Novartis ordered to pay $250 million in sex bias case
A Novartis pharmaceuticals unit was ordered to pay a group of 5,600 female employees punitive damages of $250 million, the largest-ever employment discrimination verdict, according to data compiled by Bloomberg.
A federal court jury in Manhattan on Wednesday returned the damages ruling, which was also the second-largest verdict of 2010, to punish the company for the harm to the women. The same jury on May 17 found the company liable for discrimination and ordered it to pay about $3.4 million in compensatory damages to 12 women named as plaintiffs.
The women, among the Swiss company’s 14,000 workers in the U.S., sought $190 million to $285 million in punitive damages, or 2% to 3% of the company’s $9.5-billion value. Jurors found that Novartis had discriminated against women over pay and promotion and because of pregnancy.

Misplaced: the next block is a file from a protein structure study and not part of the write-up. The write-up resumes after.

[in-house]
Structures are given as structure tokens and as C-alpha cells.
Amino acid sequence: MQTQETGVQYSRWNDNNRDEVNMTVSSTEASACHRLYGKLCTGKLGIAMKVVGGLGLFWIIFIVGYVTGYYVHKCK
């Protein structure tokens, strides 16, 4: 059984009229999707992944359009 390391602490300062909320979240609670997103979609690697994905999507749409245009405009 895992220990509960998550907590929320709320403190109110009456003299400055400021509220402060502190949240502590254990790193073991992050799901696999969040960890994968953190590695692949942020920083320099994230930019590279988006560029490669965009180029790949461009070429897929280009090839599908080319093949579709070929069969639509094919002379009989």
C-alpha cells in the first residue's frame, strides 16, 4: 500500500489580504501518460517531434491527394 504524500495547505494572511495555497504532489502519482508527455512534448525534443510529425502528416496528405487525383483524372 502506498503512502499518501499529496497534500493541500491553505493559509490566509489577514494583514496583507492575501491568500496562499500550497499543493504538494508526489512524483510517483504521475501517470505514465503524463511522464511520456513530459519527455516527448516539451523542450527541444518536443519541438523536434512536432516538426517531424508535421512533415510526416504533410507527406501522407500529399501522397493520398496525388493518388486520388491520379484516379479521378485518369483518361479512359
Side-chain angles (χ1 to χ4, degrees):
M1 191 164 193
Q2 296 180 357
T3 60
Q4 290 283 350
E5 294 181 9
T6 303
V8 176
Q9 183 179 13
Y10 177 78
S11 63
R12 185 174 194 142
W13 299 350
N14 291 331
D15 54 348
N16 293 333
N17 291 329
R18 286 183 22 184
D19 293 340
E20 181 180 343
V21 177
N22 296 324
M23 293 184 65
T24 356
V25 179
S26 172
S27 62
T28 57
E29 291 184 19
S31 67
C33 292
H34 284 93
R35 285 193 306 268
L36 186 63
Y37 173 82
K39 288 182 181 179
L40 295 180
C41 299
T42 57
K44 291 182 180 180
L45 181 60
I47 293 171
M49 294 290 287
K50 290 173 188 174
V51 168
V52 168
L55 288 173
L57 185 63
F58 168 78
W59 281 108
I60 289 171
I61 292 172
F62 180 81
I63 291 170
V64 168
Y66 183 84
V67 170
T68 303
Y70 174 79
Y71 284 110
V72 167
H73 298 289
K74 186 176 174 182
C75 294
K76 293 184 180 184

“This is a vindication of everything that has happened in the courtroom,” David Sanford, a lawyer for the women, said. “This sends a message to Novartis and all other corporations in America that they cannot continue to get away with the discrimination and the systemic problems that have occurred for so long.”
The Novartis award was surpassed this year only by a $505.1-million verdict by a Las Vegas jury in a lawsuit against Teva Pharmaceutical Industries Ltd. and Baxter International Inc. Plaintiffs in that case claimed inadequate packaging of the anesthesia propofol.
“We are disappointed in the jury’s verdict. For more than 10 years the company has developed and implemented policies setting high standards with regards to diversity and inclusion for the development of our employees,” Andy Wyss, president of the Novartis Pharmaceuticals Corp. unit, said in a statement.